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dc.contributor.authorChuo, Steven 13:41:37 (GMT) 13:41:37 (GMT)
dc.description.abstractThe construction industry has not been experiencing the same level of productivity increase as the manufacturing industry, due to their divergent production methods. While traditional construction projects are unique, craft-based, and typically done on-site, manufacturing is able to mass produce standardized products on assembly lines in a controlled environment. Efforts to improve construction productivity take advantage of the more established and mature manufacturing processes and techniques, such as modularization and off-site assembly. As civil industry work requirements become more demanding, and modular component tolerance continues to decrease for more complex projects, there exists a need to incorporate and utilize quality control technologies similar to what have been used in the manufacturing and automotive industries for years. Rework of items that failed quality checks leads to significant waste of resources, resulting in reduced overall productivity represented by additional time and manpower spent on correcting the errors. The solution set to this problem ultimately needs to address lost productivity due to rework, and generate value from its operation in the industrial fabrication workflow. The use of 3D data acquisition and 3D feedback is proposed to be part of the quality control process of pipe spool fabrication, which takes place during fitting and before shipment to site. The existing prevailing workflow and the proposed workflow using the new technology are assessed using discrete-event simulation, and three implementation scenarios are investigated, which are: (1) nuclear projects, (2) small bore non-nuclear projects, and (3) large bore non-nuclear projects. They represent different quality control processes for their particular requirements, as well as their specific activity process times given the nature of their assemblies. The analysis of the simulation results show that the revised workflow improved performance for all three project types, specifically in rework reduction and overall fabrication time reduction. Risk assessment was also carried out, in order to quantify the risk mitigation and accrued benefits by implementing the revised fabrication workflow for pipe spool assembly. The difference in risk was considered as a project benefit under economic analysis, and it was found that the relatively short payback period for the fabricator justifies the initial technology investment required to set up the platform for 3D feedback in the revised workflows.en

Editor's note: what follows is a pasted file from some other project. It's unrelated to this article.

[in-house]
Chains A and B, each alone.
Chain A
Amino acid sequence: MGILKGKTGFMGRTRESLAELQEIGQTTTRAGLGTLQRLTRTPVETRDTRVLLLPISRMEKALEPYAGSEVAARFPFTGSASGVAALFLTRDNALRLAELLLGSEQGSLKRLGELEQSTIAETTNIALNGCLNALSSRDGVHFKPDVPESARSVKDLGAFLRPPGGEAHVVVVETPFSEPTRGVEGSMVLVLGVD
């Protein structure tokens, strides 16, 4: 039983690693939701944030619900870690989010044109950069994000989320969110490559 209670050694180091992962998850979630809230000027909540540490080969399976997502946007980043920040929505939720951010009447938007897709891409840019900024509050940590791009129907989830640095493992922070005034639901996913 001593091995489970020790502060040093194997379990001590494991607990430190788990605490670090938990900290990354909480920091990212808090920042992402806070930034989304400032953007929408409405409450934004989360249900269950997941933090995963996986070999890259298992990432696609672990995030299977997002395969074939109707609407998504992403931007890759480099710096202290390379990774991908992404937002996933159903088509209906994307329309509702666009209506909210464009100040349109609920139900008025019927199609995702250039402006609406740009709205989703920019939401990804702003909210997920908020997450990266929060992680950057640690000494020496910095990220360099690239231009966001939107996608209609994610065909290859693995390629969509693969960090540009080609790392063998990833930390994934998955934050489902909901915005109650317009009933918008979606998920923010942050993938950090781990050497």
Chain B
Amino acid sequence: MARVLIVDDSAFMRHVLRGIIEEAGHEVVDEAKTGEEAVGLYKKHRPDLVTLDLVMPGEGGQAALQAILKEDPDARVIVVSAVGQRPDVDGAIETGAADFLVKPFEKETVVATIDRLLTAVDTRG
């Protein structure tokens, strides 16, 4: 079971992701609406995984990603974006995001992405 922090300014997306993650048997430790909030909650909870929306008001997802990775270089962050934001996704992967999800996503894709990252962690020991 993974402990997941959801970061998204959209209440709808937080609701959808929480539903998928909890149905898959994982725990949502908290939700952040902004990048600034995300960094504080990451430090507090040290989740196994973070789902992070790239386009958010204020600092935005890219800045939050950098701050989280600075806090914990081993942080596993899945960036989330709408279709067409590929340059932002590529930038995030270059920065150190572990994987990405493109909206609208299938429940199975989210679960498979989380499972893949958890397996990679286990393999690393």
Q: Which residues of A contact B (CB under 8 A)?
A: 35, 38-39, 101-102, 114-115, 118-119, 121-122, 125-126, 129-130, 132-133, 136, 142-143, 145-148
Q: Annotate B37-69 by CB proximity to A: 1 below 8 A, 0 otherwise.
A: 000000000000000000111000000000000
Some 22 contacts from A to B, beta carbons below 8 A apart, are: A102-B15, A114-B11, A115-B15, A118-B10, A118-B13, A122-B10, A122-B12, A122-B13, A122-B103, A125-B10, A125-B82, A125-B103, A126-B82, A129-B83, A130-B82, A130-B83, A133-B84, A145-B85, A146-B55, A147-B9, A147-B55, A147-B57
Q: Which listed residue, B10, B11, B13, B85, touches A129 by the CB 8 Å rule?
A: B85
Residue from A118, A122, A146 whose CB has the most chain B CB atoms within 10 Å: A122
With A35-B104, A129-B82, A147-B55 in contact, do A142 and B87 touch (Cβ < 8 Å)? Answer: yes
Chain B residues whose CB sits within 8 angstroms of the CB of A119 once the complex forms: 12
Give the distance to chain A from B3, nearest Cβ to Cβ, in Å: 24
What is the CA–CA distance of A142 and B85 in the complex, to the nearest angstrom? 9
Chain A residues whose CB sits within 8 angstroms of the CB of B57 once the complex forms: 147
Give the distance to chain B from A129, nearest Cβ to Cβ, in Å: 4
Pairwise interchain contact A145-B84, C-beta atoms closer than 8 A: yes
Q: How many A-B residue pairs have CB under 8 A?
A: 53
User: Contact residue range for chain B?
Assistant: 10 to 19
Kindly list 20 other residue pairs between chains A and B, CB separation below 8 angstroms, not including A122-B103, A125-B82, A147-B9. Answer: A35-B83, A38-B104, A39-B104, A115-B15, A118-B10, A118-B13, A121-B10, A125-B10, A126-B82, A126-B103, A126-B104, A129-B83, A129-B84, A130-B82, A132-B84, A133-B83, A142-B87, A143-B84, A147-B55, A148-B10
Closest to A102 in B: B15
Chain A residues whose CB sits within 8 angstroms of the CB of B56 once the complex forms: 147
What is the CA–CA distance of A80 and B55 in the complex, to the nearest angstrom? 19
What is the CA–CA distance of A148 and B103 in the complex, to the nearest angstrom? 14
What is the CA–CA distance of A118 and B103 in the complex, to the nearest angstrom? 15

dc.publisherUniversity of Waterlooen
dc.subject3D scanningen
dc.subjectpipe spool fabricationen
dc.subjectdiscrete-event simulationen
dc.titleSimulation Modelling and Analysis of Impact of 3D Feedback Workflow on Prefabrication of Industrial Constructionen
dc.typeMaster Thesisen
dc.pendingfalse and Environmental Engineeringen Engineeringen of Waterlooen
uws-etd.degreeMaster of Applied Scienceen
uws.contributor.advisorHaas, Carl
uws.contributor.affiliation1Faculty of Engineeringen

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